on me. If I give you
the signal, go to work with a couple of narrow needle-beams. Pretty sure that I won't
need any help, but you can't always tell."
The airlock opened and Kinnison stepped out. He had a high-powered thought-
screen, but he did not need it—yet. He had his DeLameters. He had also a weapon
deadlier by far even than those mighty portables; a weapon so utterly deadly that he
had not used it. He did not need to test it— since Worsel had said that it would work, it
would. The trouble with it was that it could not merely disable: if used at all it killed, with
complete and grim finality. And behind him he had the full awful power of the Dauntless.
He had nothing to worry about.
Only when the space-ship had settled down upon and into the hard-packed soil
of the airport could those at work there realize just how big and how heavy the visitor
was. Practically everyone stopped work and stared, and they continued to stare as
Kinnison strode toward the office. The Lensman had landed upon many strange
planets, he had been met in divers fashions and with various emotions; but never before
had his presence stirred up anything even remotely resembling the sentiments written
so plainly upon these women's faces and expressed even more plainly in their seething
Loathing, hatred, detestation—not precisely any one of the three, yet containing
something of each. As though he were a monstrosity, a revolting abnormality that
should be destroyed on sight. Beings such as the fantastically ugly, spider-like denizens
of Dekanore VI had shuddered at the sight of him, but their thoughts were mild
compared to these. Besides, that was natural enough. Any human being would appear
a monstrosity to such as those. But these women were human; as human as he was.
He didn't get it, at all.
Kinnison opened the door and faced the manager, who was standing at that
other-worldly equivalent of a desk. His first glance at her brought to the surface of his
mind one of the peculiarities which he had already unconsciously observed. Here, for
the first time in his life, he saw a woman without any touch whatever of personal
adornment. She was tall and beautifully proportioned, strong and fine; her smooth skin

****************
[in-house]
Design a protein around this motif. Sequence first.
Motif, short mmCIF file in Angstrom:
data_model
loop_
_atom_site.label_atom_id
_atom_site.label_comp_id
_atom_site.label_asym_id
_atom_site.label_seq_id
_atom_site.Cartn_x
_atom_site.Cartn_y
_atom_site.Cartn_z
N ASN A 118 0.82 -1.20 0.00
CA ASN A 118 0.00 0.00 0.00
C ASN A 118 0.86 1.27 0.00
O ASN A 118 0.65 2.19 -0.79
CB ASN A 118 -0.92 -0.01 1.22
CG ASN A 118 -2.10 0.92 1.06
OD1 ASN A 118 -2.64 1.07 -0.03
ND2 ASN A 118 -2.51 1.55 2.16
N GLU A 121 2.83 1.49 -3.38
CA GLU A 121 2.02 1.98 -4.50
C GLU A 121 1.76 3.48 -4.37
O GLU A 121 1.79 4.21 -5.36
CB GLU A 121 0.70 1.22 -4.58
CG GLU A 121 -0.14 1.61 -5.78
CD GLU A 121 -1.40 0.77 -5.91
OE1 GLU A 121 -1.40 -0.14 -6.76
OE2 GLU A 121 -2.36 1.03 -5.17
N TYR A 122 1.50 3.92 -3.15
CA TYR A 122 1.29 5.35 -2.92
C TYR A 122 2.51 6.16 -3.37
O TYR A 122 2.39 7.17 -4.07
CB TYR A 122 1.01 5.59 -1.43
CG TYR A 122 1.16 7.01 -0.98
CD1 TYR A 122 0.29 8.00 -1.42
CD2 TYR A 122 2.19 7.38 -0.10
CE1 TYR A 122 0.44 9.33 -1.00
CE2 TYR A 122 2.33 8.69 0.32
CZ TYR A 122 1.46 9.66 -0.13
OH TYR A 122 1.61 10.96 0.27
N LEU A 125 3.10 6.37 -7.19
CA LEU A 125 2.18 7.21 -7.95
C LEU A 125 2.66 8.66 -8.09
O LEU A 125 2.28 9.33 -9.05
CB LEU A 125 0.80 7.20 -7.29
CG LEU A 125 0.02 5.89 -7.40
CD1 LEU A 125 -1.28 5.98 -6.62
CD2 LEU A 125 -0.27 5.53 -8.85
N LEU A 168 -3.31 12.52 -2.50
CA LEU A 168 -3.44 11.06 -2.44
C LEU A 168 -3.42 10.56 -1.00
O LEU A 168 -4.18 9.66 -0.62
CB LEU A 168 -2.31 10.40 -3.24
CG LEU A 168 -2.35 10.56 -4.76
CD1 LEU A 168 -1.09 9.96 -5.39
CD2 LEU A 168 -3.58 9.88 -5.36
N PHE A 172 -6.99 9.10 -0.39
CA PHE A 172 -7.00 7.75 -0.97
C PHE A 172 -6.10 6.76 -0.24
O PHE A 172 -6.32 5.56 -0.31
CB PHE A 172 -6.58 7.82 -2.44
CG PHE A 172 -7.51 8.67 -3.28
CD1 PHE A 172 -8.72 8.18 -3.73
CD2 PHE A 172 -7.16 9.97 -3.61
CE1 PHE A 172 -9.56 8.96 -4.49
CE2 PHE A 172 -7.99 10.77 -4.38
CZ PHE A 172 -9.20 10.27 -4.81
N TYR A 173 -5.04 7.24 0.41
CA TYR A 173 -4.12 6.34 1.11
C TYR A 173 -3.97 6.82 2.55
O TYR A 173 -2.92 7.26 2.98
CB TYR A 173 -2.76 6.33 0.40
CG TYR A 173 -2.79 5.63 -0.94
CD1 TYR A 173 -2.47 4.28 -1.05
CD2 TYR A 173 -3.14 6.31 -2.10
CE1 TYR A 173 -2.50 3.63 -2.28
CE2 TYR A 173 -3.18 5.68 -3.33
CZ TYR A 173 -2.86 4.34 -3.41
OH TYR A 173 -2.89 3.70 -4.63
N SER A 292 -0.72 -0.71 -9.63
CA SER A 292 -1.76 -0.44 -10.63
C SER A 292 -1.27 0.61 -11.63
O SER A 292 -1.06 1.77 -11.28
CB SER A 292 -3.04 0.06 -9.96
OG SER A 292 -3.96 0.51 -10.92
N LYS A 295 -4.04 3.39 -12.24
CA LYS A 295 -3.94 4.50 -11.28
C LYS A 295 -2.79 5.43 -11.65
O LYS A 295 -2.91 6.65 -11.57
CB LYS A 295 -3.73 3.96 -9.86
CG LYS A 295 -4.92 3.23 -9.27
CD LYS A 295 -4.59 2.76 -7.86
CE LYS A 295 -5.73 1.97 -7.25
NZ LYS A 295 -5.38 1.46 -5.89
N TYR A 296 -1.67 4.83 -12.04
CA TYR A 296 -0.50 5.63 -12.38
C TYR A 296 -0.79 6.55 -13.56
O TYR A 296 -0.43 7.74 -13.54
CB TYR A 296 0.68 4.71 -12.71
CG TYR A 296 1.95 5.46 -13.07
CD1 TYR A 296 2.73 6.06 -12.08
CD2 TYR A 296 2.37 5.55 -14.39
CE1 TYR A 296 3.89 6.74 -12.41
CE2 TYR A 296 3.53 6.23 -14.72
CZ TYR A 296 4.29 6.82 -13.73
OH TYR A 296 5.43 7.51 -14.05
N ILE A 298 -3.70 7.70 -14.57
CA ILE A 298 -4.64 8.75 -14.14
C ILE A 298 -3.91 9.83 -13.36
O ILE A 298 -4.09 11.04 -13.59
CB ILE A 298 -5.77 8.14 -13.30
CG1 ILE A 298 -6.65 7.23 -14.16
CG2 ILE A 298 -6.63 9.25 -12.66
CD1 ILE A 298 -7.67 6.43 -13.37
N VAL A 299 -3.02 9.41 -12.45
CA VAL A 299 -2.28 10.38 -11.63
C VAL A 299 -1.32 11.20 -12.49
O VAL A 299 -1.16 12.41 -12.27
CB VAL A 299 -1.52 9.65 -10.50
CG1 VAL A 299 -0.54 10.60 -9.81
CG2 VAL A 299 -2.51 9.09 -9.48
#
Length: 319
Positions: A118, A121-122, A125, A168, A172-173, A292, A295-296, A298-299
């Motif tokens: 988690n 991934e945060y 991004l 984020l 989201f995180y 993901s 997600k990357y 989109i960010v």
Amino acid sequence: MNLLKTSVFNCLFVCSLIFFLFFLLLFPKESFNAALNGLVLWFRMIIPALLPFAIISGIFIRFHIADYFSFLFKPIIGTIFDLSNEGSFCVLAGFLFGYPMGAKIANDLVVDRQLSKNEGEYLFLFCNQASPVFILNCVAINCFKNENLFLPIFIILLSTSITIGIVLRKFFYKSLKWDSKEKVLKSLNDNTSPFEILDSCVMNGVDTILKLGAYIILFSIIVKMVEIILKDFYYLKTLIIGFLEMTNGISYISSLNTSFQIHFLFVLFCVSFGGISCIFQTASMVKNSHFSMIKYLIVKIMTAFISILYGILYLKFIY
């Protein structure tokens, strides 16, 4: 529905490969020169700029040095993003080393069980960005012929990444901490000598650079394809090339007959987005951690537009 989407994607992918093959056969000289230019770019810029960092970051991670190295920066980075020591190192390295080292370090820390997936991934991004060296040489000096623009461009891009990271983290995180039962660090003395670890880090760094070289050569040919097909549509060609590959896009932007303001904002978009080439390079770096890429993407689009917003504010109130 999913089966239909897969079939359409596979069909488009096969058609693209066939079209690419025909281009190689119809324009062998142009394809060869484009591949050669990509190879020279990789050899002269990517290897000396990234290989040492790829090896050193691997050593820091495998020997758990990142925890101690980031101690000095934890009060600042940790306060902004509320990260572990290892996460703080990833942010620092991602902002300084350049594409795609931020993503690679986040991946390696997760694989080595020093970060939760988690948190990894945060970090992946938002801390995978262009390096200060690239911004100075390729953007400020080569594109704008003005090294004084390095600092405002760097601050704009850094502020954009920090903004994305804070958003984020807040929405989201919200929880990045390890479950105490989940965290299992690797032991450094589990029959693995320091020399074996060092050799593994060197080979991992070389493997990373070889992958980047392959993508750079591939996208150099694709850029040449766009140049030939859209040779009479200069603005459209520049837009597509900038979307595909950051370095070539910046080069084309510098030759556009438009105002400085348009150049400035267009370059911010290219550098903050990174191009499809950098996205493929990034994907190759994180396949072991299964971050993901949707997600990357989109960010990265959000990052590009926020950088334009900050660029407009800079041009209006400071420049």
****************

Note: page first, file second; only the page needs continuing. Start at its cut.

was tanned to a rich and even brown. She was clean, almost blatantly so.
But she wore no jewelry, no bracelets, no ribbons; no decoration of any sort or
kind. No paint, no powder, no touch of perfume. Her heavy, bushy eyebrows had never
been plucked or clipped. Some of her teeth had been expertly filled, and she had a two-
tooth bridge that would have done credit to any Tellurian dentist—but her hair! It, too,
was painfully clean, as was the white scalp beneath it, but aesthetically it was a mess.
Some of it reached almost to her shoulders, but it was very evident that whenever a lock
grew long enough to be a bother she was wont to grab it and hew it off, as close to the
skull as possible, with whatever knife, shears, or other implement came readiest to
These thoughts and the general inspection did not take any appreciable length of
time, of course. Before Kinnison had taken two steps toward the manager's desk, he
directed a thought:
"Kinnison of Sol III—Lensman, Unattached. It is possible, however, that neither
Tellus nor the Lens are known upon this planet?"
"Neither is known, nor does anyone of Lyrane care to know anything of either,"
she replied coldly. Her brain was keen and clear; her personality vigorous, striking,
forceful. But, compared with Kinnison's doubly-Arisian-trained mind, hers was woefully
slow. He watched her assemble the mental bolt which was intended to slay him then
and there. He let her send it, then struck back. Not lethally, not even paralyzingly, but
solidly enough so that she slumped down, almost unconscious, into a nearby chair.
"It's good technique to size a man up before